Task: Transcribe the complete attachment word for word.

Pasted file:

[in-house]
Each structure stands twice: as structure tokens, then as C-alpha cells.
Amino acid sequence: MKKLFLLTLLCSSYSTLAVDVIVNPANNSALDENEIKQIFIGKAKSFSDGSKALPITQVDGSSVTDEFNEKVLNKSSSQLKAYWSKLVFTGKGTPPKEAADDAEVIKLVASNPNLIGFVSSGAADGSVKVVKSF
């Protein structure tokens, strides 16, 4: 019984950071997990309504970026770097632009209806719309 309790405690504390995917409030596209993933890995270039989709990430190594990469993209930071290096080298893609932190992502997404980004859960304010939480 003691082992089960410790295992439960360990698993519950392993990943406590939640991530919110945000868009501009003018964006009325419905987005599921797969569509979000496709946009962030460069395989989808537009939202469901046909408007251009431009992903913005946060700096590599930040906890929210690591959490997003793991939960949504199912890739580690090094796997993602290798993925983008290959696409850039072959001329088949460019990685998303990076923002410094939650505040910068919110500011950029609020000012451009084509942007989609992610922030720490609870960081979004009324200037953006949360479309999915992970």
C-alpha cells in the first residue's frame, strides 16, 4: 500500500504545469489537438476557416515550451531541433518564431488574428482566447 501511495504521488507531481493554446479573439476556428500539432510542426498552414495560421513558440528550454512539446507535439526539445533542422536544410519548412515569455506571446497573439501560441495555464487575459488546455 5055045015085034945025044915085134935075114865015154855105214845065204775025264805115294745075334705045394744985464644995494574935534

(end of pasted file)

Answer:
[in-house]
Each structure stands twice: as structure tokens, then as C-alpha cells.
Amino acid sequence: MKKLFLLTLLCSSYSTLAVDVIVNPANNSALDENEIKQIFIGKAKSFSDGSKALPITQVDGSSVTDEFNEKVLNKSSSQLKAYWSKLVFTGKGTPPKEAADDAEVIKLVASNPNLIGFVSSGAADGSVKVVKSF
């Protein structure tokens, strides 16, 4: 019984950071997990309504970026770097632009209806719309 309790405690504390995917409030596209993933890995270039989709990430190594990469993209930071290096080298893609932190992502997404980004859960304010939480 003691082992089960410790295992439960360990698993519950392993990943406590939640991530919110945000868009501009003018964006009325419905987005599921797969569509979000496709946009962030460069395989989808537009939202469901046909408007251009431009992903913005946060700096590599930040906890929210690591959490997003793991939960949504199912890739580690090094796997993602290798993925983008290959696409850039072959001329088949460019990685998303990076923002410094939650505040910068919110500011950029609020000012451009084509942007989609992610922030720490609870960081979004009324200037953006949360479309999915992970």
C-alpha cells in the first residue's frame, strides 16, 4: 500500500504545469489537438476557416515550451531541433518564431488574428482566447 501511495504521488507531481493554446479573439476556428500539432510542426498552414495560421513558440528550454512539446507535439526539445533542422536544410519548412515569455506571446497573439501560441495555464487575459488546455 5055045015085034945025044915085134935075114865015154855105214845065204775025264805115294745075334705045394744985464644995494574935534